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Emerging Drug Resistance May Up Gonorrhea Incidence

Last Updated: April 03, 2014.

Ciprofloxacin resistance may be tied to increased gonorrhea incidence, according to a report published in the April issue of the U.S. Centers for Disease Control and Prevention's Emerging Infectious Diseases.

THURSDAY, April 3, 2014 (HealthDay News) -- Ciprofloxacin resistance may be tied to increased gonorrhea incidence, according to a report published in the April issue of the U.S. Centers for Disease Control and Prevention's Emerging Infectious Diseases.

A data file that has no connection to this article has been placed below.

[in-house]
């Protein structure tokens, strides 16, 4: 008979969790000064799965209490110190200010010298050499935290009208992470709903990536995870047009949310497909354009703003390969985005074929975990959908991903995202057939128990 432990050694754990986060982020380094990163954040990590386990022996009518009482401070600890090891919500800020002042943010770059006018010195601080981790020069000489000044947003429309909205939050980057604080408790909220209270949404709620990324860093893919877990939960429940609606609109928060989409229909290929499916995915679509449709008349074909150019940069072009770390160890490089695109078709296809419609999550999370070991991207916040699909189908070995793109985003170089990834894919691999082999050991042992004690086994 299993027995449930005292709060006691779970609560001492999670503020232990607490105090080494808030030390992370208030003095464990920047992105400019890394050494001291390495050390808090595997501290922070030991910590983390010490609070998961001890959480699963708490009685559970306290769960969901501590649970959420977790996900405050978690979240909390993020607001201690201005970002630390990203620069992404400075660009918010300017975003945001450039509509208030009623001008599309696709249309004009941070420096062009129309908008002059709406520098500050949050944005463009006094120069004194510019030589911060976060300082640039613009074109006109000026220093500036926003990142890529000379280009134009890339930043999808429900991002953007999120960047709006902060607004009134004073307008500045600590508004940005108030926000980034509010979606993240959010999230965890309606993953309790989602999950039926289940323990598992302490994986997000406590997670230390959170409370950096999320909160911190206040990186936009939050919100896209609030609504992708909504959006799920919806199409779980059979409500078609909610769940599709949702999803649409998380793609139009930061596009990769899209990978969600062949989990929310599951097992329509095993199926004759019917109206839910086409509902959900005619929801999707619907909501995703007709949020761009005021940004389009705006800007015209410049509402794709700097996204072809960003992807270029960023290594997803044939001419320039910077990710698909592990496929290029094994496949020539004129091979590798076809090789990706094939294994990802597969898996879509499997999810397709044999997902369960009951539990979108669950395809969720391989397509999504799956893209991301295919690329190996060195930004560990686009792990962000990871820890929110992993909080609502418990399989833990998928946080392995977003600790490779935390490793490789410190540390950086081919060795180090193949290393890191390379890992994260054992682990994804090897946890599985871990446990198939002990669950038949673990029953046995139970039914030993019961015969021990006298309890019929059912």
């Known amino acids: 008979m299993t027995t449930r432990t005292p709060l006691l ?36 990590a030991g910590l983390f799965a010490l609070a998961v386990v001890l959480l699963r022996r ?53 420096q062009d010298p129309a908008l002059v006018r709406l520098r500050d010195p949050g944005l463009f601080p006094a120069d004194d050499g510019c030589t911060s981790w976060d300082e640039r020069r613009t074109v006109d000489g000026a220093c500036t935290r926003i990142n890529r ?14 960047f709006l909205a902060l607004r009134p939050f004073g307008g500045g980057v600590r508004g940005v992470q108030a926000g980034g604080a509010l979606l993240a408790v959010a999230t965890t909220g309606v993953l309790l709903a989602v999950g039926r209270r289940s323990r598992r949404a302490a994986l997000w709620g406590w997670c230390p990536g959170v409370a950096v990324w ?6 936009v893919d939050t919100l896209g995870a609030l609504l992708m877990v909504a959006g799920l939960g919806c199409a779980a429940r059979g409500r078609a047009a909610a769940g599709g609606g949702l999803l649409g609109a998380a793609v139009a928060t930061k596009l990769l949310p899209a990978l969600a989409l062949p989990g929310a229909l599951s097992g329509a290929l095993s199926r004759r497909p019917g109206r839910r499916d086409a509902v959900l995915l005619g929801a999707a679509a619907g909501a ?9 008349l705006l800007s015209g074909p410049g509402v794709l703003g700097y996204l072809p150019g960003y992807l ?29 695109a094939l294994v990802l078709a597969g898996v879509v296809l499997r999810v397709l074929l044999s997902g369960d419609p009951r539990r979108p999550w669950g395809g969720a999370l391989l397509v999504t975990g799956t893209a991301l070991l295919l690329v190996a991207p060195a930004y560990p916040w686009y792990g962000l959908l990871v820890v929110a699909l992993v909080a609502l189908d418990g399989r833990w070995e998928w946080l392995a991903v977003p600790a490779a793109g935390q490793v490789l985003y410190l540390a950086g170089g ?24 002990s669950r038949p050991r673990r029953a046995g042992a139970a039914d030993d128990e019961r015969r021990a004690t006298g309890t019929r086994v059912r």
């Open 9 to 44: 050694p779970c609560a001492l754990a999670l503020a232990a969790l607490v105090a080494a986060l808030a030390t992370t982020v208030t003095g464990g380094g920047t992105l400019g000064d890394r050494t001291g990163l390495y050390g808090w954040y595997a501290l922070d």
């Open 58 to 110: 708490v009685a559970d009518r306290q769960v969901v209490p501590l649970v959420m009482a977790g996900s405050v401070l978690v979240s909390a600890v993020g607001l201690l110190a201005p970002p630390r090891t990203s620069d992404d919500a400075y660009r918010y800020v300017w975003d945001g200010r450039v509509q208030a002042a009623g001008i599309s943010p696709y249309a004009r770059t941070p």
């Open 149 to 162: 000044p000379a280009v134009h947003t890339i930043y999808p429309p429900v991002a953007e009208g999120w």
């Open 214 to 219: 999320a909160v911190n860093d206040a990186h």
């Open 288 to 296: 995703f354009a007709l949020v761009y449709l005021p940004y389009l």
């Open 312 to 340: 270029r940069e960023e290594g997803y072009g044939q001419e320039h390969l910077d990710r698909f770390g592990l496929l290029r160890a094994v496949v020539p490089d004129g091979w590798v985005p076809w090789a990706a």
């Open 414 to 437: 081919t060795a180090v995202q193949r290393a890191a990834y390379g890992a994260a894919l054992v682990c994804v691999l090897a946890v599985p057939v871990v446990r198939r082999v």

Harrell W. Chesson, Ph.D., from the CDC in Atlanta, and colleagues analyzed ciprofloxacin resistance data and gonorrhea incidence data to examine the possible effect of antimicrobial drug resistance on gonorrhea incidence at the population level. The authors utilized the Gonococcal Isolate Surveillance Project as well as city-level gonorrhea incidence rates from surveillance data for 17 cities from 1991 to 2006.

The researchers found that there was a strong positive association between ciprofloxacin resistance and gonorrhea incidence rates at the city level during the study period. This association was consistent with mathematical model predictions in which resistance to treatment can increase gonorrhea incidence rates through increased duration of infection.

"These findings highlight the possibility of future increases in gonorrhea incidence caused by emerging cephalosporin resistance," the authors write.

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